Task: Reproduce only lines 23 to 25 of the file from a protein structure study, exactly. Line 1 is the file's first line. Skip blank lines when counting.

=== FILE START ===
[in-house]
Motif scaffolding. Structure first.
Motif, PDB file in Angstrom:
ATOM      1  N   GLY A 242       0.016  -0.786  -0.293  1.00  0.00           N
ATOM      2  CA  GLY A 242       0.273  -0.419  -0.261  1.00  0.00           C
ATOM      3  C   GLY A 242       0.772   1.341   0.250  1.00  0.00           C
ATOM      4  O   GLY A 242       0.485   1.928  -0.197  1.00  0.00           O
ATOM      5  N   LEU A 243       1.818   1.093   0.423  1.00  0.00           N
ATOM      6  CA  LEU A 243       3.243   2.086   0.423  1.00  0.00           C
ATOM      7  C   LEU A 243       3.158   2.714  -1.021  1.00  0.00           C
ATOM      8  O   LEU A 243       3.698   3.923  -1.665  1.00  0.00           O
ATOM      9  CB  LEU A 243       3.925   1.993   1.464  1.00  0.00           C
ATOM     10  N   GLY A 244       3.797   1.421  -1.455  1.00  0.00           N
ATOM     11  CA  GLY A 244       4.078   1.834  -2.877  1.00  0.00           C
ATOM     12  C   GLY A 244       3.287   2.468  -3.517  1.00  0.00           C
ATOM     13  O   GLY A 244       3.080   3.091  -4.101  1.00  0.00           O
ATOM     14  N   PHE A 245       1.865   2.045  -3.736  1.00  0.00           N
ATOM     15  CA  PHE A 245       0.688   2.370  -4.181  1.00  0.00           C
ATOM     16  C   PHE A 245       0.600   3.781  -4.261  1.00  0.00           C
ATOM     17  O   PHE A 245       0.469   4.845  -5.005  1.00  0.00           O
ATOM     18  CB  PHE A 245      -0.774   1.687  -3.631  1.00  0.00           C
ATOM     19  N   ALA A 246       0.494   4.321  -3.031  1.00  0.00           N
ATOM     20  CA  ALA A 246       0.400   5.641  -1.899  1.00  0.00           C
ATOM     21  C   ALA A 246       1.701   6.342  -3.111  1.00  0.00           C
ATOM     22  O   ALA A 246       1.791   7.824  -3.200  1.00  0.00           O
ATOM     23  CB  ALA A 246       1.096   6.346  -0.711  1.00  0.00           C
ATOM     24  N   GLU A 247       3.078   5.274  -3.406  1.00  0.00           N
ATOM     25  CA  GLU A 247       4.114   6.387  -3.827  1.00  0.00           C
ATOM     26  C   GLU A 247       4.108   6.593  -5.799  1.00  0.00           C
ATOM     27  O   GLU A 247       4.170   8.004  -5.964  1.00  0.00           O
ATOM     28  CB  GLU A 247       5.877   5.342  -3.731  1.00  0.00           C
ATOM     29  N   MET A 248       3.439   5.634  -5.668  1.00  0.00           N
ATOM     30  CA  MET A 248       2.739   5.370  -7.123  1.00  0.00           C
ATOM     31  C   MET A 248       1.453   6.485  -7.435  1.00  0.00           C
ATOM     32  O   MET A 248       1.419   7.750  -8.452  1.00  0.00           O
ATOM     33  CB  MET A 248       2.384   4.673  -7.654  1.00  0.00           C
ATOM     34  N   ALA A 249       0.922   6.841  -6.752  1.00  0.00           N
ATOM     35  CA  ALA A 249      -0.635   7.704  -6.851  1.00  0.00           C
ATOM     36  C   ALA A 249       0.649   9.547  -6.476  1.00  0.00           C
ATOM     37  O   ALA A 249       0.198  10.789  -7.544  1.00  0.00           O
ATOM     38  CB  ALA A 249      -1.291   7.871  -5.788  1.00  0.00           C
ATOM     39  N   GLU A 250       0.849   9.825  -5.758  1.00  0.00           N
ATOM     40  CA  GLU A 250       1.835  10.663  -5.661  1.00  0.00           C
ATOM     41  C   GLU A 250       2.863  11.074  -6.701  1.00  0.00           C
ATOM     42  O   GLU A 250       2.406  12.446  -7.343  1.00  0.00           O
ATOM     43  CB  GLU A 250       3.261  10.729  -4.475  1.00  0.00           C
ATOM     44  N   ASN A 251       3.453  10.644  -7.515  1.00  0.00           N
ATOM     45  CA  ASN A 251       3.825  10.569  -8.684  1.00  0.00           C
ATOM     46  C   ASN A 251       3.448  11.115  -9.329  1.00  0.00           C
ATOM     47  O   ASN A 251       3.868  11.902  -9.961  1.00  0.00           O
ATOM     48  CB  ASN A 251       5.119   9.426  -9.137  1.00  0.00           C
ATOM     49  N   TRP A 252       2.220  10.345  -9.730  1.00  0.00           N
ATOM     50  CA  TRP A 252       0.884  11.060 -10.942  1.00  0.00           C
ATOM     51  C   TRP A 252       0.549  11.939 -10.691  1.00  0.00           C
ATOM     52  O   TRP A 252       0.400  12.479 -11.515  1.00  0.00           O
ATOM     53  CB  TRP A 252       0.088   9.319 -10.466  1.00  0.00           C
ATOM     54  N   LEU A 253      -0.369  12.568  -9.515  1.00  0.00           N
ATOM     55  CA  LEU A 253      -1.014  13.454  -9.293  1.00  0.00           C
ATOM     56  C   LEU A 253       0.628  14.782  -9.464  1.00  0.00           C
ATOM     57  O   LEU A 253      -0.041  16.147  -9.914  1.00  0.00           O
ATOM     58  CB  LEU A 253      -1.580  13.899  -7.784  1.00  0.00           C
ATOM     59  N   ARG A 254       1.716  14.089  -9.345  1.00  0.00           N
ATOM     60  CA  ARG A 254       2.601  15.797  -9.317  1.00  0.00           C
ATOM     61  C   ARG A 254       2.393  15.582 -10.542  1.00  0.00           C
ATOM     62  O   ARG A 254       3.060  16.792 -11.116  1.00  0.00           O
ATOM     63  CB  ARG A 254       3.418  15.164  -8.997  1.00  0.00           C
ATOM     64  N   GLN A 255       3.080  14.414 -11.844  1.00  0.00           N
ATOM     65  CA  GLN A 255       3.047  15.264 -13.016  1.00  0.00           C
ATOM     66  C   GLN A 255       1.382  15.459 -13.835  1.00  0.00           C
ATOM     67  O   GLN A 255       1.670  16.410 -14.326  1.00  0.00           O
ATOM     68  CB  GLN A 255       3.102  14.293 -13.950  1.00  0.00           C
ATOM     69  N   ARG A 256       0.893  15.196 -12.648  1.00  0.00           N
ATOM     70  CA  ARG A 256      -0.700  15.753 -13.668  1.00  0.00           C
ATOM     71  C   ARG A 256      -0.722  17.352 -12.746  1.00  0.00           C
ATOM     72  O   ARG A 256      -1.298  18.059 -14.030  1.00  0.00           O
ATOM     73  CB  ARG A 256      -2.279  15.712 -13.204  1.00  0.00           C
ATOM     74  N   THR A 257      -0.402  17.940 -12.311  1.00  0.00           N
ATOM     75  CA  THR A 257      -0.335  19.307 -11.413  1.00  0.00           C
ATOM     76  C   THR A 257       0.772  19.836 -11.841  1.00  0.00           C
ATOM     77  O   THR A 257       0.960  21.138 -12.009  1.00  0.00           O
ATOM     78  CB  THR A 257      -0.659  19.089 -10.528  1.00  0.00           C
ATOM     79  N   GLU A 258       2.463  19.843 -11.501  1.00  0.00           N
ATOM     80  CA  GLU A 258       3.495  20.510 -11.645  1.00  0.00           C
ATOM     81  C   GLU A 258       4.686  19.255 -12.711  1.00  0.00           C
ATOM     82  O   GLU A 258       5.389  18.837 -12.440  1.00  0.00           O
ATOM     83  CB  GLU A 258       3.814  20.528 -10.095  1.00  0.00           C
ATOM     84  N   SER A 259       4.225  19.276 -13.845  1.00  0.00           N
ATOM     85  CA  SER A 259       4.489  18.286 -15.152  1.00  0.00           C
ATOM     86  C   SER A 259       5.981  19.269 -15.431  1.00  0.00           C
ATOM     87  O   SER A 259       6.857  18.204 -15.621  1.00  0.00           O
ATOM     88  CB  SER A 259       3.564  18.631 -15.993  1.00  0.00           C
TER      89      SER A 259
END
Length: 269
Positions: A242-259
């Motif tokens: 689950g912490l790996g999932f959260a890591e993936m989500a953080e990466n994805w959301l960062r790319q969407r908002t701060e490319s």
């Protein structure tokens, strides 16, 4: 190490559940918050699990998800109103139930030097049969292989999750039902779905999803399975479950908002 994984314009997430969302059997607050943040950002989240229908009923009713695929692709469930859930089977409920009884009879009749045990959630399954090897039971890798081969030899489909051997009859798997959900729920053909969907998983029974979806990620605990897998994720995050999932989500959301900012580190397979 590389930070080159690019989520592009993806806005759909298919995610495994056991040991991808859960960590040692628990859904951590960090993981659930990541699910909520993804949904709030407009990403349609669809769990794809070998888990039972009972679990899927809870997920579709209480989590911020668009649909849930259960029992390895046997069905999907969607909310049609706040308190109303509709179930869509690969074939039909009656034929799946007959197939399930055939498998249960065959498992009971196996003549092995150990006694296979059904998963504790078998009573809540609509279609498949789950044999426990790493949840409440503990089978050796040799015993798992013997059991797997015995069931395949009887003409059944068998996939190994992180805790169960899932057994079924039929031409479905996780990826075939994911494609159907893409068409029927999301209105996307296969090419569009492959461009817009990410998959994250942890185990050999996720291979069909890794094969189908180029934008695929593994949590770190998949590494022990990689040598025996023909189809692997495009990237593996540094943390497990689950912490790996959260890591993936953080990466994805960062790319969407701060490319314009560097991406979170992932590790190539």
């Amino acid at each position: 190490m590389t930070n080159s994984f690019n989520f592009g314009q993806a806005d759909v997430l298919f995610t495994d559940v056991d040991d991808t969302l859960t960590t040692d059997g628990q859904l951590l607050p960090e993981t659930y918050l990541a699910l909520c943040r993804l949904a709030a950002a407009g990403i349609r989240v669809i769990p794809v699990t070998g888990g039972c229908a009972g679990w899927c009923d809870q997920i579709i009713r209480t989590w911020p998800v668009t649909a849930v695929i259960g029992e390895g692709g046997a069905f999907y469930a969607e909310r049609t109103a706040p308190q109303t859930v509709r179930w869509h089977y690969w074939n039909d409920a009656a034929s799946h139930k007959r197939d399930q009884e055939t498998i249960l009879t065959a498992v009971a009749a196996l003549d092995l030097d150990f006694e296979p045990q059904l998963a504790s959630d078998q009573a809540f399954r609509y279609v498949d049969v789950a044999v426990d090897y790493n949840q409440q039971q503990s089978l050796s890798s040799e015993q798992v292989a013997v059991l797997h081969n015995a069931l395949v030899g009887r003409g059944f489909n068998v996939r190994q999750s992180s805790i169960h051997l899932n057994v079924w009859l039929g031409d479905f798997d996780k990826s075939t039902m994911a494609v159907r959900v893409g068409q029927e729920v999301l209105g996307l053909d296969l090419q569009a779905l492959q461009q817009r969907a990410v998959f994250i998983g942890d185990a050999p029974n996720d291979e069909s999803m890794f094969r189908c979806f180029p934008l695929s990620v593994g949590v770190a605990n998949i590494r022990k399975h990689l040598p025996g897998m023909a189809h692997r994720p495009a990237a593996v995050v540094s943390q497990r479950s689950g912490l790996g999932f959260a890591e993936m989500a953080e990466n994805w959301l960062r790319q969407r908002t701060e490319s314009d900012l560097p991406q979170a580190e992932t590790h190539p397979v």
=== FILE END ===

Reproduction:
ATOM     20  CA  ALA A 246       0.400   5.641  -1.899  1.00  0.00           C
ATOM     21  C   ALA A 246       1.701   6.342  -3.111  1.00  0.00           C
ATOM     22  O   ALA A 246       1.791   7.824  -3.200  1.00  0.00           O